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‘Capitulation’ cry in Kashmir

Omar said this was the first time after 1996 that Assembly elections could not be held in the state on time
National Conference vice-president Omar Abdullah addresses a party function in Srinagar on Thursday.

Muzaffar Raina   |   Srinagar   |   Published 10.03.19, 09:46 PM

The Election Commission’s decision not to hold Assembly elections in Jammu and Kashmir along with the Lok Sabha polls triggered dismay in the state, with former chief minister Omar Abdullah describing it as Prime Minister Narendra Modi’s “surrender” to Pakistan, militants and the Hurriyat.

Chief election commissioner Sunil Arora on Sunday suggested that security considerations had prompted the decision to delay the Assembly polls, but Valley-based political parties attributed the move to political calculations.

Omar, the National Conference vice-president, called the decision a “failure” on Modi’s part.

“In light of the failure to conduct assembly elections on time in J&K I’m retweeting my tweets from a few days ago. PM Modi has surrendered

to Pakistan, to the militants & to the hurriyat. Well done Modi Sahib. 56 inch chest failed. #slowclap,” he tweeted.

Omar said this was the first time after 1996 that Assembly elections could not be held in the state on time. No elections were held in Jammu and Kashmir for nearly seven years after Omar’s father Farooq Abdullah resigned as chief minister in early 1990 in protest against Jagmohan’s appointment as governor.

Since then, successive governments at the Centre had ensured timely Assembly elections in Jammu and Kashmir.

“First time since 1996 Assembly elections in J&K are not being held on time. Remember this the next time you are praising PM Modi for his strong leadership,” Omar tweeted.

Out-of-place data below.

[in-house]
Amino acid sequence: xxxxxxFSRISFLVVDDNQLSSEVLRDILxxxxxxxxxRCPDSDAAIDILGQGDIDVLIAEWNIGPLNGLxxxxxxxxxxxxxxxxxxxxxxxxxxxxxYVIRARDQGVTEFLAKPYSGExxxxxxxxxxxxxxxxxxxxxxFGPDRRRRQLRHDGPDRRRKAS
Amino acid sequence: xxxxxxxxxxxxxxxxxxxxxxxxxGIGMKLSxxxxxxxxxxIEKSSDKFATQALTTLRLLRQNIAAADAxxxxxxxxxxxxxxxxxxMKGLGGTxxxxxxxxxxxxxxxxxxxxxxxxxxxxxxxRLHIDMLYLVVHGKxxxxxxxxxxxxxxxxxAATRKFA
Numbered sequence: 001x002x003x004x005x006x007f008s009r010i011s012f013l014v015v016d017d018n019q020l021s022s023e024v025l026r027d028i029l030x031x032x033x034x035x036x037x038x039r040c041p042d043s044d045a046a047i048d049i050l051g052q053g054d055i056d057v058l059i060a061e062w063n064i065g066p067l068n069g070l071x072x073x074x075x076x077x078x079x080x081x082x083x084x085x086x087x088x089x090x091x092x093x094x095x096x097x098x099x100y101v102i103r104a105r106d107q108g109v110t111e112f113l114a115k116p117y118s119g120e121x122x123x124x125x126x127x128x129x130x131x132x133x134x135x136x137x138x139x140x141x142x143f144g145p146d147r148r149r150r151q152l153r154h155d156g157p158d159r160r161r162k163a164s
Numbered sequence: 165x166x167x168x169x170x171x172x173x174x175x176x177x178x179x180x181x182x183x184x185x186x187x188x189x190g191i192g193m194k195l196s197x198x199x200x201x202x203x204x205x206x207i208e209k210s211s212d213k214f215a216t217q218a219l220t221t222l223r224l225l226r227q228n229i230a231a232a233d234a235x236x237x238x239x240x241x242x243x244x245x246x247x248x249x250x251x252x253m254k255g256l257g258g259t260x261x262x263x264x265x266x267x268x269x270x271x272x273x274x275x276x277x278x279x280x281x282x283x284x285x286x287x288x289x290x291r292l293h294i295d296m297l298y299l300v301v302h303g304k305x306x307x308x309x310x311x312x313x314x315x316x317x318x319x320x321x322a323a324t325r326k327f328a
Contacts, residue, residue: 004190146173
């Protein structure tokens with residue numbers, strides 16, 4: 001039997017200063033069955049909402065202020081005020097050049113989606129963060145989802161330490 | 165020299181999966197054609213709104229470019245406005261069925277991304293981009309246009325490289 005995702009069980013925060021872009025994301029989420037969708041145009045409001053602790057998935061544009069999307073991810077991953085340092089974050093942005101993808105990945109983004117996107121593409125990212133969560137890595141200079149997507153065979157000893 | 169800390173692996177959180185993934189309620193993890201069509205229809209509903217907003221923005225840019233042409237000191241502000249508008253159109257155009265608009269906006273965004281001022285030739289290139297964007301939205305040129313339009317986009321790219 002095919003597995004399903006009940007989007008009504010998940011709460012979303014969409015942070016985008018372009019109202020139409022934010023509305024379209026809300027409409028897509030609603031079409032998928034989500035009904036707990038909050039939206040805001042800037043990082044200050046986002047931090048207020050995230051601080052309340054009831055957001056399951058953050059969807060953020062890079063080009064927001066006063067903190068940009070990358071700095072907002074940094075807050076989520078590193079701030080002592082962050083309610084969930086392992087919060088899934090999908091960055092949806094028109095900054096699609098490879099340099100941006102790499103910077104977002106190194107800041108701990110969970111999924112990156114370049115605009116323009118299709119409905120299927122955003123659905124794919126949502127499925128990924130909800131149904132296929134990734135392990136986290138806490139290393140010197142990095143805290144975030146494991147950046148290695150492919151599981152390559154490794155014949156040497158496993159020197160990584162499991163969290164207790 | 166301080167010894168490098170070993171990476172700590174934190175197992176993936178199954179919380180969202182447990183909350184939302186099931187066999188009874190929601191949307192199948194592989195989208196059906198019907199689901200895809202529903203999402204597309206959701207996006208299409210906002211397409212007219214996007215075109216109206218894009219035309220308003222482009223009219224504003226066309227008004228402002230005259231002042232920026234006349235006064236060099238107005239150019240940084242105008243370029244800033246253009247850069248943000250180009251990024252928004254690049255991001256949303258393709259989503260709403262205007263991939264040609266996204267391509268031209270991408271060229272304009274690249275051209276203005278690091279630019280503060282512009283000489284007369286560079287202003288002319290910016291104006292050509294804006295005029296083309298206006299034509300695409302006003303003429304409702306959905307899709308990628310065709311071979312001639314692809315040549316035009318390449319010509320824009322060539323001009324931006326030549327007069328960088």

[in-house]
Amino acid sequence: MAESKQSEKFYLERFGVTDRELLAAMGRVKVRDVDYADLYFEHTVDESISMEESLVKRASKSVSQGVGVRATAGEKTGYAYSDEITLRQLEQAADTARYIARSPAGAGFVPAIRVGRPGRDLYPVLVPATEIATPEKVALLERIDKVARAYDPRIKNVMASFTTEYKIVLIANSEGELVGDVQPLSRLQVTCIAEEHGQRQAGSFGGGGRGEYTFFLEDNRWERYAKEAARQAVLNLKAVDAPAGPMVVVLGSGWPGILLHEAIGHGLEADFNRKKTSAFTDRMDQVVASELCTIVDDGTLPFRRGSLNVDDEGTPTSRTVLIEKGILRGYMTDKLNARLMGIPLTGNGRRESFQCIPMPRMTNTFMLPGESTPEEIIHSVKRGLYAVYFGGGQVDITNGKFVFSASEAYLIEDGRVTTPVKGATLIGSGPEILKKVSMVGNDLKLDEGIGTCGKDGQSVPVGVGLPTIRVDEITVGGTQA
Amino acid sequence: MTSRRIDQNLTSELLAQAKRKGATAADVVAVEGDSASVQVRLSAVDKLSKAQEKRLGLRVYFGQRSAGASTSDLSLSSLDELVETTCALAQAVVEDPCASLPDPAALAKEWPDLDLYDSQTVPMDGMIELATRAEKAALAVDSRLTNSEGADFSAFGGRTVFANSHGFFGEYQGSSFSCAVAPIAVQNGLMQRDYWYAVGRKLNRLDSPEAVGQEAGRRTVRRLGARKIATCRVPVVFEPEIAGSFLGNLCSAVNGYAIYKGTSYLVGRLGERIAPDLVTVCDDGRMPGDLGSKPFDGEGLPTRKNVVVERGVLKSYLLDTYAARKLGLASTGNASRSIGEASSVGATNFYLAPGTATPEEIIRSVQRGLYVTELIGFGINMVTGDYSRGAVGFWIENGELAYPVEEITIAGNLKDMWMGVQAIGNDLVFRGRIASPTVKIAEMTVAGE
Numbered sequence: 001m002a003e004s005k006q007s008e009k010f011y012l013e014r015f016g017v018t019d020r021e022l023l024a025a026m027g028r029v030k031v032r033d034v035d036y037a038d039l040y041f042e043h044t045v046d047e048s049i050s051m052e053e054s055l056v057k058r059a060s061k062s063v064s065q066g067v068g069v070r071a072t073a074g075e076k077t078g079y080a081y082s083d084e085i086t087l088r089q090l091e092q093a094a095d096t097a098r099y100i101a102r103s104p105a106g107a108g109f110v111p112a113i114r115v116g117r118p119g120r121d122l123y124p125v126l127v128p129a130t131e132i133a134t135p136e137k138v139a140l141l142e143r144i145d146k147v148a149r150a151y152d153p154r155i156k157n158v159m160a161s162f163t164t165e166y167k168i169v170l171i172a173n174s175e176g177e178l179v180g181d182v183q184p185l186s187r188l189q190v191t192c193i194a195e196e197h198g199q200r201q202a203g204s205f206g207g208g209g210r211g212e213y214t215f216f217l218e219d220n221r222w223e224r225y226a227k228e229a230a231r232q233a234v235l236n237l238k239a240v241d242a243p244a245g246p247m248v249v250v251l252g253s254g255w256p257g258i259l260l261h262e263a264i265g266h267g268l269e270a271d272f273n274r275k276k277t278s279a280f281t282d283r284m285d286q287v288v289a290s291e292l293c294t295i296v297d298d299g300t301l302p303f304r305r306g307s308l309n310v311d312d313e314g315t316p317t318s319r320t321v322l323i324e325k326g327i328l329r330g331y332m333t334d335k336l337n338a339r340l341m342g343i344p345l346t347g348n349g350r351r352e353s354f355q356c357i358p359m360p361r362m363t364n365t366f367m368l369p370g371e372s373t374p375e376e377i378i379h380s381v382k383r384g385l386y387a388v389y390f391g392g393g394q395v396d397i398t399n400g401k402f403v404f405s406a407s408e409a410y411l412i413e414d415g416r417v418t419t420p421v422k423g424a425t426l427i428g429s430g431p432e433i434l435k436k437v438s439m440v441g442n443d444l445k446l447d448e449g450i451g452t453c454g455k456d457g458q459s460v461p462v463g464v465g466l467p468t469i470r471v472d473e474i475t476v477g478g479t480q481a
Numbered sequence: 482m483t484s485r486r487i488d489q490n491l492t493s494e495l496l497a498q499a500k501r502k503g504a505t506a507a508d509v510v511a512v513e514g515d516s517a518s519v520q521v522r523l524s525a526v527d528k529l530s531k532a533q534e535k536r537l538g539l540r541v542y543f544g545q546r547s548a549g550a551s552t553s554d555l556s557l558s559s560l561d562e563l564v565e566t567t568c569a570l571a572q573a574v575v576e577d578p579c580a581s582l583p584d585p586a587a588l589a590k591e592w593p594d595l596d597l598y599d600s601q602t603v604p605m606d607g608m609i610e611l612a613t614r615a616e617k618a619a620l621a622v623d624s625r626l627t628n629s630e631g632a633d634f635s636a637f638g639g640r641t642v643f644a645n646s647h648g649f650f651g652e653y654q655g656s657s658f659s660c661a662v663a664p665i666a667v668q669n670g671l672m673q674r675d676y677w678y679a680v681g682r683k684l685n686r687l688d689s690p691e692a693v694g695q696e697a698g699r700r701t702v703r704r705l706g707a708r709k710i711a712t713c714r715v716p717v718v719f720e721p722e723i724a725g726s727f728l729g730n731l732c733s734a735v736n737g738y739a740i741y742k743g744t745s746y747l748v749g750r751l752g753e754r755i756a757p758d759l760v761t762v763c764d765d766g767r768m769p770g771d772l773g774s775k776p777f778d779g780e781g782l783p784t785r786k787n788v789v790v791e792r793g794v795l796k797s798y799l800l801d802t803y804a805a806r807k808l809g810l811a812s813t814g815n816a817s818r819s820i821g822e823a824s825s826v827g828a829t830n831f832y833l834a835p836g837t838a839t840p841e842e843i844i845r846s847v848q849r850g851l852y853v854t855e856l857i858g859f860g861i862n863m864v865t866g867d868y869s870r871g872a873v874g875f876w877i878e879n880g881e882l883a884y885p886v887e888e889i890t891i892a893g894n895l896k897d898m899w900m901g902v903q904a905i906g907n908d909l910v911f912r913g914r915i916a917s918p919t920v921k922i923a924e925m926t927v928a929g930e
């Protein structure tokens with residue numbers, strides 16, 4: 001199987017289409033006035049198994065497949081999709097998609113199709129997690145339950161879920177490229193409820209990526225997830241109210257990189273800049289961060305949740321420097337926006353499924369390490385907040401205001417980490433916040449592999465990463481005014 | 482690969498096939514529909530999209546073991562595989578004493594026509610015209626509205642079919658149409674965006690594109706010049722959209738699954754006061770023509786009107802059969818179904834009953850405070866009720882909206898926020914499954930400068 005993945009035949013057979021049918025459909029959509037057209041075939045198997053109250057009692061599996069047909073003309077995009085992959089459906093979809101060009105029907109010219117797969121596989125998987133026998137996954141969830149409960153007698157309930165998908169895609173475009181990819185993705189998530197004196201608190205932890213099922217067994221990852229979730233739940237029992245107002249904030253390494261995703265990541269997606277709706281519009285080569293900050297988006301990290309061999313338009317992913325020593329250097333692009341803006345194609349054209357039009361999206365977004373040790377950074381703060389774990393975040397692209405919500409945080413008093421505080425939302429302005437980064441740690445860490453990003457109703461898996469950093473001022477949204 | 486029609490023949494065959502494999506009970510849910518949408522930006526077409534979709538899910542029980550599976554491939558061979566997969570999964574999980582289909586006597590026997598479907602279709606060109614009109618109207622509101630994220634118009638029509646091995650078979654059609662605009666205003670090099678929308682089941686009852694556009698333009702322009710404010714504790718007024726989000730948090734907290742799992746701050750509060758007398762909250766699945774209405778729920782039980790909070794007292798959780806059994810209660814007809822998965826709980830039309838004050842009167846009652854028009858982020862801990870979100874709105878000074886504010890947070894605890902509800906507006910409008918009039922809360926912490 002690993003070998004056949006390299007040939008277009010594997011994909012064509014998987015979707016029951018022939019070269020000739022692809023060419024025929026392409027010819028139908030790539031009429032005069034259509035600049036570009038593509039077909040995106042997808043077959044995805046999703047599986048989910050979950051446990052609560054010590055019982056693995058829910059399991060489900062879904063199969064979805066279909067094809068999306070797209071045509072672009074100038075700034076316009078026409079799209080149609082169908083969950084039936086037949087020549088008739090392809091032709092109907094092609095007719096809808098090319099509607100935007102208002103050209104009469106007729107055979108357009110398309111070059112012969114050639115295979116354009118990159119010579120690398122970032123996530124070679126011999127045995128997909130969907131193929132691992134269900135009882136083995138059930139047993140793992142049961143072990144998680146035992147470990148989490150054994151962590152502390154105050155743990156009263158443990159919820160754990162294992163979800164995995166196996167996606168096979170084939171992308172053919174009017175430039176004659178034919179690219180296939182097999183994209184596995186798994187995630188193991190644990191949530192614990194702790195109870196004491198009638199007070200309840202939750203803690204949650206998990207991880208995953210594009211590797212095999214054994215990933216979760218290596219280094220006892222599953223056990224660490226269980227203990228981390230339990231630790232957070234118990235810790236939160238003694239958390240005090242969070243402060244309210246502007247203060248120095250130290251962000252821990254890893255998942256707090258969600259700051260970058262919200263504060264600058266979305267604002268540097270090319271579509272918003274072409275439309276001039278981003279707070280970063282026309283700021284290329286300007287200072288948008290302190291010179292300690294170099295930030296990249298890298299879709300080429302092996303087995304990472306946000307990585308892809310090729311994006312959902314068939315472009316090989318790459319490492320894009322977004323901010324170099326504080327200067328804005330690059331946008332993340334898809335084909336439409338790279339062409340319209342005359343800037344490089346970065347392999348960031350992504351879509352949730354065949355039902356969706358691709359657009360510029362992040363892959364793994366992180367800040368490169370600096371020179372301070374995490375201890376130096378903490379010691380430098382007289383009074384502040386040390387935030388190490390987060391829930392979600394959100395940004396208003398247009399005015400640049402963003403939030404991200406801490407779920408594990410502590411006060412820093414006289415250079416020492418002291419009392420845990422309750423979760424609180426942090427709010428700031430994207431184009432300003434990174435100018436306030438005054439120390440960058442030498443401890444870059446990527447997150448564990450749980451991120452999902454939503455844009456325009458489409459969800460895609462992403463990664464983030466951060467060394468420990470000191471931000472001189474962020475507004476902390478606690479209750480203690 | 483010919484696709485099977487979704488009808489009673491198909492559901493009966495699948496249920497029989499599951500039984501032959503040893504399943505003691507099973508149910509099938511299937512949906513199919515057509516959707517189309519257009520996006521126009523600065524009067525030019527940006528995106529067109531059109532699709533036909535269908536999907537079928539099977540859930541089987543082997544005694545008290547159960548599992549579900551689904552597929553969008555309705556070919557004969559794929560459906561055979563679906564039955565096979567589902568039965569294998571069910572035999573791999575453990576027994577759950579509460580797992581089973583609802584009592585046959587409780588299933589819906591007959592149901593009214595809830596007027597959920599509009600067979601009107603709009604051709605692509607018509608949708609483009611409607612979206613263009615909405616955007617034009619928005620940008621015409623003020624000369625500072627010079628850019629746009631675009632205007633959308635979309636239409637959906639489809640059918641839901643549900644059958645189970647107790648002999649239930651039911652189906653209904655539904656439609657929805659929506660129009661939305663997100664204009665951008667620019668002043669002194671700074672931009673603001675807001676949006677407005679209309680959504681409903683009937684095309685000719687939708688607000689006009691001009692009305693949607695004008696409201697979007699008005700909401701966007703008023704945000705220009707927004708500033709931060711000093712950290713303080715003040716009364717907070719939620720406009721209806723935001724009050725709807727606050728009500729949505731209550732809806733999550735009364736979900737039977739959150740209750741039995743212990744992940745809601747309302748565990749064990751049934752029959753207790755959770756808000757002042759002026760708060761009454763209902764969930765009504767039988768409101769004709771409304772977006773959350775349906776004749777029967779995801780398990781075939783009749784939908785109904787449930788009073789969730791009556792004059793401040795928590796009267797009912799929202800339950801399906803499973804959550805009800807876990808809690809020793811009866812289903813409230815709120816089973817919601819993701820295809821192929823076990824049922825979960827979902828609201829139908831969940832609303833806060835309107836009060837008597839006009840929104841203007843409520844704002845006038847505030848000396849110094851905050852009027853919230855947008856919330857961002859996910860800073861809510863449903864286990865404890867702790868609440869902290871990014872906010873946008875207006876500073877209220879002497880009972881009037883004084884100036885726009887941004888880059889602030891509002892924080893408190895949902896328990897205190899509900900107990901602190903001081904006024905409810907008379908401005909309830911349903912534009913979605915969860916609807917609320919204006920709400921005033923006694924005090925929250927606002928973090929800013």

He said the Lok Sabha and Assembly elections were held on schedule in end-2014 even after the devastating floods that year and that this “shows how badly the BJP & earlier the BJP-PDP mishandled J&K”.

All pro-India political parties in the state, including the National Conference, People’s Democratic Party, Congress and the BJP, had told Arora the polls should be held simultaneously.

But it appears that the National Conference and the Congress were more eager than the rest, since there is strong anti-incumbency against PDP-BJP rule, which ended last June.

After a six-month spell of governor’s rule, the state has been under President’s rule since December. The Valley-based parties are openly opposing governor Satya Pal Malik’s administration, complaining he is implementing the RSS agenda.

National Conference general secretary Ali Mohammad Sagar alleged the poll panel had delayed the Assembly polls at the Centre’s behest.

PDP spokesperson Firdous Tak said the commission had used the security situation as an alibi to defer the state polls, and alleged that this amounted to defeating democracy.

“The recent visit by the Election Commission (was) a waste of time, energy and resources. Otherwise all political parties made it clear that they were ready for elections,” he said.

Arora said the commission would have to conduct polls in the Anantnag parliamentary constituency in three phases. “So you can imagine how complicated it is,” he said.

Omar flagged Union home minister Rajnath Singh’s recent assurance to Parliament and an all-party meeting in Delhi that necessary forces would be made available for simultaneous polls.

“With the amount of international attention (that) elections in J&K attract I never thought PM Modi would be willing to confess his failure on a global stage but we all make mistakes & that was mine,” he tweeted.

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